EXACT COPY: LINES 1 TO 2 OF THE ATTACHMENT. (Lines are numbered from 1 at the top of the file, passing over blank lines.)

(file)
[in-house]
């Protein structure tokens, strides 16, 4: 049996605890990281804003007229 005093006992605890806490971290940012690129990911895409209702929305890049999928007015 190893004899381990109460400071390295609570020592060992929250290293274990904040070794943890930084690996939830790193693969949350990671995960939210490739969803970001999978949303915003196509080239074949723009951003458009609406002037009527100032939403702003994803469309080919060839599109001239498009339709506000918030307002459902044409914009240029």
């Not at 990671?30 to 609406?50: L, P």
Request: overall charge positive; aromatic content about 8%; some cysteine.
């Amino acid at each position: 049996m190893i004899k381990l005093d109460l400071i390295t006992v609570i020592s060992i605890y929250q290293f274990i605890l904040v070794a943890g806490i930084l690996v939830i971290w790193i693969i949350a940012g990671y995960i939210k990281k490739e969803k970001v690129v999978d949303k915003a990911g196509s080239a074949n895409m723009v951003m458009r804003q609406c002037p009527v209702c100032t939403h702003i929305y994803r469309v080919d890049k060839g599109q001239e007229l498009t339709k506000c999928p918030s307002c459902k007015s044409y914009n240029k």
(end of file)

[in-house]
């Protein structure tokens, strides 16, 4: 049996605890990281804003007229 005093006992605890806490971290940012690129990911895409209702929305890049999928007015 190893004899381990109460400071390295609570020592060992929250290293274990904040070794943890930084690996939830790193693969949350990671995960939210490739969803970001999978949303915003196509080239074949723009951003458009609406002037009527100032939403702003994803469309080919060839599109001239498009339709506000918030307002459902044409914009240029």